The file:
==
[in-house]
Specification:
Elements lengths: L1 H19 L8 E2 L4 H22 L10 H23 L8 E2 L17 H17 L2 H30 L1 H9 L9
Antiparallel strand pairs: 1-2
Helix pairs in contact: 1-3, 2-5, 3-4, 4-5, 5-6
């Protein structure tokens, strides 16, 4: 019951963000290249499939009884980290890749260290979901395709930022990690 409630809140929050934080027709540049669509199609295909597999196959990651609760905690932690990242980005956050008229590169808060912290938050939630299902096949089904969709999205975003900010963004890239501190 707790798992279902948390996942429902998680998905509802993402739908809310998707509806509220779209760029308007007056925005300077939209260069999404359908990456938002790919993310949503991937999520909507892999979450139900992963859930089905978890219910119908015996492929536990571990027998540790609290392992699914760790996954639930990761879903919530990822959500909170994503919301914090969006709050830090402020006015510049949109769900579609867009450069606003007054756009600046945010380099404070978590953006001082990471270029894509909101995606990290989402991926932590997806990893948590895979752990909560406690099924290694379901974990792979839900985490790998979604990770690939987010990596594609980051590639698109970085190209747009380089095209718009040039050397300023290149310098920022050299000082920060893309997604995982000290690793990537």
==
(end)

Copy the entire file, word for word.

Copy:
[in-house]
Specification:
Elements lengths: L1 H19 L8 E2 L4 H22 L10 H23 L8 E2 L17 H17 L2 H30 L1 H9 L9
Antiparallel strand pairs: 1-2
Helix pairs in contact: 1-3, 2-5, 3-4, 4-5, 5-6
């Protein structure tokens, strides 16, 4: 019951963000290249499939009884980290890749260290979901395709930022990690 409630809140929050934080027709540049669509199609295909597999196959990651609760905690932690990242980005956050008229590169808060912290938050939630299902096949089904969709999205975003900010963004890239501190 707790798992279902948390996942429902998680998905509802993402739908809310998707509806509220779209760029308007007056925005300077939209260069999404359908990456938002790919993310949503991937999520909507892999979450139900992963859930089905978890219910119908015996492929536990571990027998540790609290392992699914760790996954639930990761879903919530990822959500909170994503919301914090969006709050830090402020006015510049949109769900579609867009450069606003007054756009600046945010380099404070978590953006001082990471270029894509909101995606990290989402991926932590997806990893948590895979752990909560406690099924290694379901974990792979839900985490790998979604990770690939987010990596594609980051590639698109970085190209747009380089095209718009040039050397300023290149310098920022050299000082920060893309997604995982000290690793990537």